Torrens (clipper ship)

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Torrens (ship, 1875) - NMM P6434.jpg
United Kingdom
Name: Torrens
Owner: H. R. Angel
Operator: Elder, Smith and Co.
Builder: James Laing, Sunderland
Cost: £27,257
Launched: 1875
Out of service: 1906
Fate: Broken up in Genoa, 1910
General characteristics
Tons burthen: 1276 tons
Length: 222 ft (68 m)
Beam: 38 ft (12 m)
Draught: 21 ft 6 in (6.55 m)
Sail plan: Clipper
Notes: Passenger ship; 1st and 2nd class cabins only

Torrens (1875 – 1910) was a clipper designed to carry passengers and cargo between London and Port Adelaide, South Australia. She was the fastest ship to sail on that route, and the last sailing ship on which Joseph Conrad would serve before embarking on his writing career.

Ship history[edit]

She was built by James Laing of Sunderland,[1] largely to the specifications of Captain Henry Robert Angel (1829 – June 1923). She was jointly owned by Captain H.R. Angel and the Elder Line, but Captain Angel was her principal owner. She was of composite construction (i.e. steel-framed) with teak planking; 222 feet (68 m) long, a beam of 38 feet (12 m) and depth 21.5 feet (6.6 m), registered as 1,276 long tons (1,296 t). She was "heavily sparred and carried a main sky sail yard, and for many years she was the only vessel with studding sail booms running in the Australian trade".[2] The Captain's elder daughter, (Emily) Flores Angel (1856–1948), performed the traditional breaking of the bottle at the launching ceremony.

It is likely that the vessel was named in honour of Colonel Robert Torrens, a principal exponent of the economic benefits of nineteenth-century colonial trade.


The Torrens was clearly aimed at the upper end of the market – accommodation was first and second class passengers only. Apart from the crew, she carried "a surgeon, a stewardess and a good cow".[3] The outward journey to Adelaide was via the Cape of Good Hope; Captain H. R. Angel customarily entered Port Adelaide via the Backstairs Passage rather than through Investigator Strait, and on the return voyage she stopped at Cape Town and St. Helena and Ascension.

She carried any number of notable passengers, but one in particular deserves a mention: Rev. C. W. Evan, first minister of Stow Memorial Church, died on board 22 August 1876, just as she was nearing London. His wife had recently died, he was in poor health and returning to England in the hopes of a recovery.

Her first 15 years[edit]

She was managed by Elder, Smith & Co. and skippered by Capt. H. R. Angel who, as Commodore of the fleet, flew a version of the company flag with a red crescent and two stars on a white field rather than white on red. Captain Angel had previously commanded the Glen Osmond and the Collingrove on the same route for Elders. His time with the Torrens was a remarkably happy one: fifteen voyages to Adelaide without serious incident; her fastest time from Plymouth to Port Adelaide was 65 days and the slowest 85, with an average of 74 – far better than any other ship of the period.[1]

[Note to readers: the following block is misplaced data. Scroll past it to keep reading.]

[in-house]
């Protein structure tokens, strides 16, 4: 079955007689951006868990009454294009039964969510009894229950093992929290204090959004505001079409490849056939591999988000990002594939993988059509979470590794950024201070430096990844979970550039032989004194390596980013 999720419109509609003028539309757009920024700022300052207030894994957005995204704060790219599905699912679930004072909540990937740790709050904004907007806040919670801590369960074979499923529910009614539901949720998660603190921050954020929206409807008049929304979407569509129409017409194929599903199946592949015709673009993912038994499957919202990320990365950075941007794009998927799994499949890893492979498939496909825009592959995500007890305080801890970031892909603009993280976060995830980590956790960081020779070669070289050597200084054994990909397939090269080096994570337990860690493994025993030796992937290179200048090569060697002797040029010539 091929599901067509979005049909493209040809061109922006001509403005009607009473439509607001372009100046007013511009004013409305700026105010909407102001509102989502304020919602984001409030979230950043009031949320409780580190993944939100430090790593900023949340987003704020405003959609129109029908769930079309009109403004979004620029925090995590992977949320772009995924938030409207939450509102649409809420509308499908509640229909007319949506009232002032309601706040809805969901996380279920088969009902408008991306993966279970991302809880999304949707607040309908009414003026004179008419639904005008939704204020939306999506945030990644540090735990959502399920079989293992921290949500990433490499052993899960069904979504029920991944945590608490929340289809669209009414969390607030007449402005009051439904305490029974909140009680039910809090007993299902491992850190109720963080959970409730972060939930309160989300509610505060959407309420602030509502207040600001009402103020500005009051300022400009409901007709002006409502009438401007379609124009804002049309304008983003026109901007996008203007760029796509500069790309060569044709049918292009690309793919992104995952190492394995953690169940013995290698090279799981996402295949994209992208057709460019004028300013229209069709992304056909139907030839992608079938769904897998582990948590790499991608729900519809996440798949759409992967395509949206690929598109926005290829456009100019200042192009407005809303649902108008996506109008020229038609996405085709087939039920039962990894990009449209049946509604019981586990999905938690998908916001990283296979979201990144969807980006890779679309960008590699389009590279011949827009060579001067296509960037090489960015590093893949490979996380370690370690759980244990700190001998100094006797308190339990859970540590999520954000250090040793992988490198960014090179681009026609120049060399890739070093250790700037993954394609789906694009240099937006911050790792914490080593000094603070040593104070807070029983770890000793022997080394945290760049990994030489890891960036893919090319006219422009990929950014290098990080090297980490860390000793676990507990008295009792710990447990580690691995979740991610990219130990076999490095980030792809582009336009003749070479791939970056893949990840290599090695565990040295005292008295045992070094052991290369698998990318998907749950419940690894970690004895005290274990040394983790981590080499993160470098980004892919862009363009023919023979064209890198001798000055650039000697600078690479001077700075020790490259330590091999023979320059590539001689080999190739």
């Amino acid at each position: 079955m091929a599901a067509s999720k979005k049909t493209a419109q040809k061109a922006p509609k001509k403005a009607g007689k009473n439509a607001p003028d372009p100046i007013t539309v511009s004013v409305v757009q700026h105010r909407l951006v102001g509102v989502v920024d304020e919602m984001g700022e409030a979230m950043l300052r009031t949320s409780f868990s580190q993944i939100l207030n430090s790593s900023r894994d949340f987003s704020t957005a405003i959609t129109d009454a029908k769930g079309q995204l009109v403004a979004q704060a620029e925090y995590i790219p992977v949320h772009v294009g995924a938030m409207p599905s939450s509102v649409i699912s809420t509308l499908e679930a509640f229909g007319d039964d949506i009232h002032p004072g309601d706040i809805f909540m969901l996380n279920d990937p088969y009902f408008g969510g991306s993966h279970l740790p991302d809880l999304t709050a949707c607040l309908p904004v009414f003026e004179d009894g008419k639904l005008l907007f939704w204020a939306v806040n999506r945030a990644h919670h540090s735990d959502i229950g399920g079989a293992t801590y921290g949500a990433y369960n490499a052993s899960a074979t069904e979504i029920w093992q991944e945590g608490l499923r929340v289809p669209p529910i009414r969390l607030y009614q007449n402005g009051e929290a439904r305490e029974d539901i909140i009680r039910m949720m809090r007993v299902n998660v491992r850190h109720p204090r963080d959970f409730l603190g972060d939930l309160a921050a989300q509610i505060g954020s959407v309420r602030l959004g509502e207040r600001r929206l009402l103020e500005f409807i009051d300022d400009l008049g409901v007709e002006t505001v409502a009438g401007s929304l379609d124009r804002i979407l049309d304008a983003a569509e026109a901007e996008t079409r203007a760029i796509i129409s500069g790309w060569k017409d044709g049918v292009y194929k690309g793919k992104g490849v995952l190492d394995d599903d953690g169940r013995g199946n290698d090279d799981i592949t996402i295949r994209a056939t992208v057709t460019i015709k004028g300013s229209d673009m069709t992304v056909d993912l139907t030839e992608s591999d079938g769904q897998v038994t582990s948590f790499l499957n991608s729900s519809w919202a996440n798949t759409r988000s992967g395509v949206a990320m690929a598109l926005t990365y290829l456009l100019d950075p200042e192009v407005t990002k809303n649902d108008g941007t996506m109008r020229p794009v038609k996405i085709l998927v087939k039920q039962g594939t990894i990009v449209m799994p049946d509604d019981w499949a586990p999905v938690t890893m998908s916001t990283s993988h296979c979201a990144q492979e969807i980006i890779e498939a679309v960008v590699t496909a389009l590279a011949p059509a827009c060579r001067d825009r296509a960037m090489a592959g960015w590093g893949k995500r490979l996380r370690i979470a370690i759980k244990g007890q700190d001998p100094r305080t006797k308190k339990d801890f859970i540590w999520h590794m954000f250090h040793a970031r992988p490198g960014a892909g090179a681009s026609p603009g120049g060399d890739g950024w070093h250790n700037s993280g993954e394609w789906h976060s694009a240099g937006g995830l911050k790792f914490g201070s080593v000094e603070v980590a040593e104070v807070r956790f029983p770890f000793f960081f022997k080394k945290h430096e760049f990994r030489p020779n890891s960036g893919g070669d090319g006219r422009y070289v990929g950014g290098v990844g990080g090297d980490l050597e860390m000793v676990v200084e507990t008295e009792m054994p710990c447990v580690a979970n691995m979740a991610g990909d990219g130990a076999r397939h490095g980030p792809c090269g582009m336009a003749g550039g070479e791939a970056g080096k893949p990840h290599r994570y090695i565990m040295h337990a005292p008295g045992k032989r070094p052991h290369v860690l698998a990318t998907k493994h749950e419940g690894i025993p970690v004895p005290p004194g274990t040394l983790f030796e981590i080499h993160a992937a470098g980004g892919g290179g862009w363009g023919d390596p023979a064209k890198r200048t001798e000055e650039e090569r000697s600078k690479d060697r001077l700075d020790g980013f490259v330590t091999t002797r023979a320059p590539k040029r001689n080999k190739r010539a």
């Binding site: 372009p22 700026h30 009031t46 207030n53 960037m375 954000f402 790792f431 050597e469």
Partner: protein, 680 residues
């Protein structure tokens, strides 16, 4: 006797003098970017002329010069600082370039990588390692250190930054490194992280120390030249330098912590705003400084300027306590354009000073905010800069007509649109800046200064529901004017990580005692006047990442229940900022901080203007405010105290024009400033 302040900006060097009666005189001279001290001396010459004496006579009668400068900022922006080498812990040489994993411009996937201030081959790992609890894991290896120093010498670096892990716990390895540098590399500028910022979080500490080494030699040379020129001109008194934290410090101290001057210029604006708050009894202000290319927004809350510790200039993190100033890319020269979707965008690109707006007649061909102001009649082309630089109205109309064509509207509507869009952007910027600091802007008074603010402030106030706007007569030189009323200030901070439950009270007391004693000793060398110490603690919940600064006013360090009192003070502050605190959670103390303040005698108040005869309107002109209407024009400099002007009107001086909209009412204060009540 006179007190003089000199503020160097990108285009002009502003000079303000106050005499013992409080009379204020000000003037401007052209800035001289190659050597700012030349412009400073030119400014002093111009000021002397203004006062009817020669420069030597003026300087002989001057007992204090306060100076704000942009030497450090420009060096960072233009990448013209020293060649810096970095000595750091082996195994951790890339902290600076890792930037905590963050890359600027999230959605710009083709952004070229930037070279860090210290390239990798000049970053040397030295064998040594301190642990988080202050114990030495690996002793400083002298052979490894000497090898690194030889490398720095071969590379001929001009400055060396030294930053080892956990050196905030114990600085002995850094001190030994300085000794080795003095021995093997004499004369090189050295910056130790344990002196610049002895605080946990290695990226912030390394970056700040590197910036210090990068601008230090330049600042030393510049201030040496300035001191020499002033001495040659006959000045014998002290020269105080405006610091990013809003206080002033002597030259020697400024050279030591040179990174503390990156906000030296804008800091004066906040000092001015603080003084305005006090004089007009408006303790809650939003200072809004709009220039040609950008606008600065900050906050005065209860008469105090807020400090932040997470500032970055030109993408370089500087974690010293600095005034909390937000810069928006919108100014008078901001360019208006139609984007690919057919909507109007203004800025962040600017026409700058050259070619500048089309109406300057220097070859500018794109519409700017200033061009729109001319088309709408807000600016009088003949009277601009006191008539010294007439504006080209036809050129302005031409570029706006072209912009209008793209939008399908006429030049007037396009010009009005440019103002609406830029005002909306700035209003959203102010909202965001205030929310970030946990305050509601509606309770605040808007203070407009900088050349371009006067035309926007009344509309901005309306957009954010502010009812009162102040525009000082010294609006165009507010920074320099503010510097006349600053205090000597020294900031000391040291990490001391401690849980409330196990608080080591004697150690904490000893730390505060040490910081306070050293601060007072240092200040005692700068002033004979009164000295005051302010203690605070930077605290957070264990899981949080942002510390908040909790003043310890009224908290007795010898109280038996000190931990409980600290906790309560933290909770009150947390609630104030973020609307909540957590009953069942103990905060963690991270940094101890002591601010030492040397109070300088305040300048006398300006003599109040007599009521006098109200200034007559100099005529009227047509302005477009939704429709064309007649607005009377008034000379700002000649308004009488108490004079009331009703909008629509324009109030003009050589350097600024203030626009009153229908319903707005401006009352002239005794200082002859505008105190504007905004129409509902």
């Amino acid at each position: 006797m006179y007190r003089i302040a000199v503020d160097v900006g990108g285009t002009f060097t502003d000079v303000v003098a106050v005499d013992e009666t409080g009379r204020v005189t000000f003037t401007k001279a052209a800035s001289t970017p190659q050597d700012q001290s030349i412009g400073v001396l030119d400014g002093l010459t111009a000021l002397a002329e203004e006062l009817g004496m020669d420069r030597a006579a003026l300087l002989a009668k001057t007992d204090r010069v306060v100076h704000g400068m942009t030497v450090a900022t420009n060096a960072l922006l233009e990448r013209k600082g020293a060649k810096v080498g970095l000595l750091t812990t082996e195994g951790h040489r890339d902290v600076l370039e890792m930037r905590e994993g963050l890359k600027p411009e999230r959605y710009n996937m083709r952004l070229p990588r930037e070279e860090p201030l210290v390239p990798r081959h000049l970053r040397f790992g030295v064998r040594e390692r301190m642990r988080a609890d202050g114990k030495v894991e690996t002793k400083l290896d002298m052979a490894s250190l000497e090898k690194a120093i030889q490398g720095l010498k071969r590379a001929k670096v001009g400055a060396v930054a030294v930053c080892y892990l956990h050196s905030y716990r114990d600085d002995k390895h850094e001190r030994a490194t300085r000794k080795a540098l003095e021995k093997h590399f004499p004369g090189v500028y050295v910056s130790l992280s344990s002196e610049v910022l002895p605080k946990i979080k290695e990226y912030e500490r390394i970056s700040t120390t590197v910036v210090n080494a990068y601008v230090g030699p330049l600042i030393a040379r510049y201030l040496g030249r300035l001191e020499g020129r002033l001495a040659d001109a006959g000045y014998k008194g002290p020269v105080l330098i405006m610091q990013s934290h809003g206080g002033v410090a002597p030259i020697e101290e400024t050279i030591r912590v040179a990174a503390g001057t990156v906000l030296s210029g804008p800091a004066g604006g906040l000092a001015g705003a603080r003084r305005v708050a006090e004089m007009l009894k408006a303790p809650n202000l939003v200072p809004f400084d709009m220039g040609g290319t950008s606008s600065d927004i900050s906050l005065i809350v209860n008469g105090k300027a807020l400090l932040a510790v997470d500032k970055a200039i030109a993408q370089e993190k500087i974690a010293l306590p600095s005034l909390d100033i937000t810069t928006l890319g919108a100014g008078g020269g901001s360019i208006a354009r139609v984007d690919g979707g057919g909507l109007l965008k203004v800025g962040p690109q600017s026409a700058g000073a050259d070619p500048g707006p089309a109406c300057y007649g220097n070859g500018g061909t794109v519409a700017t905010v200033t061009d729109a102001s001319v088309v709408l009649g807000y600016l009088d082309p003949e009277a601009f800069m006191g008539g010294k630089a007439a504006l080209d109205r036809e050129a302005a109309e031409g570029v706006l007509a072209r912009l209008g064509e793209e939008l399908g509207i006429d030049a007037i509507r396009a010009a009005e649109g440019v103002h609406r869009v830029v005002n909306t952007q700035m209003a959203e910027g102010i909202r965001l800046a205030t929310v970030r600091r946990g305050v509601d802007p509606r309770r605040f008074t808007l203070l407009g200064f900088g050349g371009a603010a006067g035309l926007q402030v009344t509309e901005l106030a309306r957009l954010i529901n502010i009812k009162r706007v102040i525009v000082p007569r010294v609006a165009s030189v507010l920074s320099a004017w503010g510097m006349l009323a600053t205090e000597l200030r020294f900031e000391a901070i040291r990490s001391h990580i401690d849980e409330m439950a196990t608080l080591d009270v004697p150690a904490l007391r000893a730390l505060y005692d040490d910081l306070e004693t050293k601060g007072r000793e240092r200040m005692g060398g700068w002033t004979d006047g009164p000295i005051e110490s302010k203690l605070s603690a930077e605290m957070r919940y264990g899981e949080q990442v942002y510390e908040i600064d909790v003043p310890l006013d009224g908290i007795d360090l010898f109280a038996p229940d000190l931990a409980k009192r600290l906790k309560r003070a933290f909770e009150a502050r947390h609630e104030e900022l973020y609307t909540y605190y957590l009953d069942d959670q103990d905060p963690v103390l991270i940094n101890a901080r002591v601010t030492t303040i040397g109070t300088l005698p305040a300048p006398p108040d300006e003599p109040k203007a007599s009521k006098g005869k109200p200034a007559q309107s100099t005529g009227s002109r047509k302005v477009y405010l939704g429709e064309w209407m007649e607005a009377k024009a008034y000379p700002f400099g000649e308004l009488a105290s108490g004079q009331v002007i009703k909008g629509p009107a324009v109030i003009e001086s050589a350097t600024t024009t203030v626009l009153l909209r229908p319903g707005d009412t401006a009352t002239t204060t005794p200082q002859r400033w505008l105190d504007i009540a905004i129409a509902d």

Later years[edit]

The Torrens, showing damage after hitting an iceberg

In 1890 Captain Angel decided to retire from active sea life and handed her command to Captain W. H. Cope. From this moment, the ship's fortune changed. She lost her foremast and main topmast in 1891, and while being refitting in Pernambuco a fire broke out on board. Henry Robert Angel's son, Captain Falkland Angel took her command over in 1896. On the evening of 11 January 1899 she struck an iceberg some 40 km south west of the Crozet Islands and limped into Adelaide dismasted, with her bow stoved in.[2] Neither Captain Cope nor Captain Falkland Angel achieved shorter voyages than Captain H. R. Angel's average of 74 days.[1]

The figurehead[edit]

When the Torrens hit the iceberg and lost her foretopmast, jib-boom and bowsprit, she also lost her figurehead, modelled on Captain Angel's daughter, Flores, and carved by Joseph Melvin.[4] In 1973, two ANARE expeditioners discovered a headless figurehead at Sellick Bay, on the mid-west coast of Macquarie Island. There has been some speculation that this damaged figurehead of a woman may have belonged to the Torrens. Although Macquarie Island is a considerable distance from the site of the collision at the Crozets, it is conceivable that the Antarctic Circumpolar Current could have carried it that distance, or that the figurehead even made two or more circumflotations of Antarctica.[5]

Literary connections[edit]

Joseph Conrad was Chief Officer of the Torrens from November 1891 to June 1893[6] under Captain Cope.[7] It was on one of his two outward voyages to Australia that he showed one W. H. Jacques the draft manuscript of his first novel, Almayer's Folly. In March 1893, on the return Port Adelaide-to-Cape Town leg, Conrad struck up a friendship with Edward Lancelot Sanderson and the future Nobel literary laureate John Galsworthy. Galsworthy had sailed to the antipodes[8][9] with the intention of meeting Robert Louis Stevenson, but by chance met Conrad instead![10]